Opinion / Op-Ed Contributors

The dilemma of holding US govt debt

By Michael N.T. Tan (China Daily) Updated: 2011-08-30 08:10

The dilemma of holding US govt debt

Pang Li / China Daily

China has foreign currency reserves of more than $3.2 trillion, about 70 percent of which is believed to be in US dollar assets, especially in Treasury bills and bonds. Given the continuous increase in US government debts and downgrading of its credit rating by Standard & Poor's, the most obvious step for China would be to stop accumulating US Treasuries or start reducing its dollar assets.

But apart from the difficulty of switching from dollar assets to other currencies immediately, such a move could also cause a drastic drop in the dollar's value, which in turn could lead to a collapse of the international financial system. The value of China's dollar holdings will plummet, too. Besides, there are no other assets (gold, silver or other commodities) that could accommodate the huge influx of US Treasuries that China holds.

It has no desire to jeopardize the international financial system, but as a debtor nation the United States should also understand the needs and core interests of its largest creditor.

Under such circumstances, what exactly can China do?

China could start by reducing the use of dollar in international transactions and use its own currency, the yuan. In fact, it has already started doing so. The People's Bank of China, or the central bank, has signed currency exchange agreements with a number of countries, including Brazil, South Korea, Singapore, Malaysia, Indonesia, Belarus, Argentina and Iceland. And at a meeting in April 2011, the leaders of BRICS (Brazil, Russia, India, China and South Africa) agreed to promote the use of their own currencies to settle trade deals among them.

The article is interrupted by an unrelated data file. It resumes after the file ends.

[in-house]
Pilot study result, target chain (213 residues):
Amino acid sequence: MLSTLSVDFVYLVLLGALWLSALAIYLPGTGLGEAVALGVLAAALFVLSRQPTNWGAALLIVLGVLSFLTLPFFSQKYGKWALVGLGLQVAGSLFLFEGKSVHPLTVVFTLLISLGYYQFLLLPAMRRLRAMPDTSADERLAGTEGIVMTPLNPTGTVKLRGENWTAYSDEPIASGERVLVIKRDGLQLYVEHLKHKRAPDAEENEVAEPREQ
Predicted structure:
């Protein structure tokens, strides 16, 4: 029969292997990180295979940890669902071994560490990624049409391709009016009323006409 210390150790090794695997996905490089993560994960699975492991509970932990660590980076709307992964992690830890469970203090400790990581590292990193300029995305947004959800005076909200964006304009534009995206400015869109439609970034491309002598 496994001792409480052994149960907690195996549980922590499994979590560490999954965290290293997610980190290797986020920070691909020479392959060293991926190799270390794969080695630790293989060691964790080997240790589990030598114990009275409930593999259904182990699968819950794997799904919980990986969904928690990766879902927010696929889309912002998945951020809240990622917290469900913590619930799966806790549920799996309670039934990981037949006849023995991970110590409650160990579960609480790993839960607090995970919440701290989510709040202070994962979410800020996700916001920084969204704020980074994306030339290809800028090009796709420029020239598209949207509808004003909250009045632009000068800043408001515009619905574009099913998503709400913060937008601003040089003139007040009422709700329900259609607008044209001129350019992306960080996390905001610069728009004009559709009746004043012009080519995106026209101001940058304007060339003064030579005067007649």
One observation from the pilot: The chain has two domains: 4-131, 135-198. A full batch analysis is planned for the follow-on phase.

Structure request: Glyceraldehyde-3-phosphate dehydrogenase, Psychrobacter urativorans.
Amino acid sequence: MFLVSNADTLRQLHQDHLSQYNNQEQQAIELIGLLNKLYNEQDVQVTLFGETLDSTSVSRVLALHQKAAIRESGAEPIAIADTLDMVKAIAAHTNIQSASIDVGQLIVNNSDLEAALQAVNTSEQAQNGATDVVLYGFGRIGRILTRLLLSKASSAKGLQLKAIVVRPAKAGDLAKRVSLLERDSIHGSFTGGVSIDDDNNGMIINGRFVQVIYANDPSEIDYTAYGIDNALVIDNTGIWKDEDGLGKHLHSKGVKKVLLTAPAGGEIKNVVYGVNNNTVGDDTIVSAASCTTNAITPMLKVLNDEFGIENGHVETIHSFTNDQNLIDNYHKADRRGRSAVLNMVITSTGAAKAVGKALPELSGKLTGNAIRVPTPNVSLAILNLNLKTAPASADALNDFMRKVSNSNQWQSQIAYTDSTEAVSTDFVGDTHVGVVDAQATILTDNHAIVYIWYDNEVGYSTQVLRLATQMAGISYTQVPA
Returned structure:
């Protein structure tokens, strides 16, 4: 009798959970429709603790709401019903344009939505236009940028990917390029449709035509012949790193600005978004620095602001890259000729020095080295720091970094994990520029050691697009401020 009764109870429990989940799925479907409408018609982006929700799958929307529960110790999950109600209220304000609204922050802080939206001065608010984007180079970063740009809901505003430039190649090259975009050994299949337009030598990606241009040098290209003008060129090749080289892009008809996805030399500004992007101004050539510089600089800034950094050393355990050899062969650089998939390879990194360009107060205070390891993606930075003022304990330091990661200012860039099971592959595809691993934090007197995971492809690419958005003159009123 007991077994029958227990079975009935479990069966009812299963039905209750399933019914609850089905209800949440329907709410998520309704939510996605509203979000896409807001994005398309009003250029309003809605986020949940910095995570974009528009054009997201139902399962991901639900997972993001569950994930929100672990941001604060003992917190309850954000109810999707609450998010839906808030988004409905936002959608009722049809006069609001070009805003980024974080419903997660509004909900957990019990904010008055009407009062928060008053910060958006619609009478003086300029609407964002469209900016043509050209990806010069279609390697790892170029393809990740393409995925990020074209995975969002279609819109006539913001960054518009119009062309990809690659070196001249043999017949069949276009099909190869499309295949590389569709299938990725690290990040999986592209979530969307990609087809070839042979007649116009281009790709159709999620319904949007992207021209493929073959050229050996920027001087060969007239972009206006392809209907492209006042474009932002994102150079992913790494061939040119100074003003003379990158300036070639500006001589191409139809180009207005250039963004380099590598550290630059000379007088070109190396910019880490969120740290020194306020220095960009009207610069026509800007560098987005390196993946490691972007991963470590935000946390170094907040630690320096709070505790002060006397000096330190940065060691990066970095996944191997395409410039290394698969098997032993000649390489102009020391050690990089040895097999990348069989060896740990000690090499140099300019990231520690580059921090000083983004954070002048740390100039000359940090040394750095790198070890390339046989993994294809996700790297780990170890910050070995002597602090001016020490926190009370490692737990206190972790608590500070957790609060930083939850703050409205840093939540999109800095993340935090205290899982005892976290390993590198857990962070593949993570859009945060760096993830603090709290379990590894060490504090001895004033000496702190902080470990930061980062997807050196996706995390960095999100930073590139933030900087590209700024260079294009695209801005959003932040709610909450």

The setting up of offshore yuan markets is another step that will help internationalize the yuan. Such markets are already running in Hong Kong and Singapore, and more could be set up in countries and regions that have substantial trade with the Chinese mainland.

Offshore yuan centers will grow as more companies, both Chinese and foreign, trade in the yuan and their need to buy and sell their own currencies in exchange for the yuan becomes frequent. It is possible that even London, New York and Sydney, as well as more Asian cities could become offshore yuan centers.

But should the yuan become a reserve currency? Or more appropriately, is the yuan ready to become a reserve currency? The answer is a simple "no", because the Chinese currency still does not have many of the attributes of a reserve currency.

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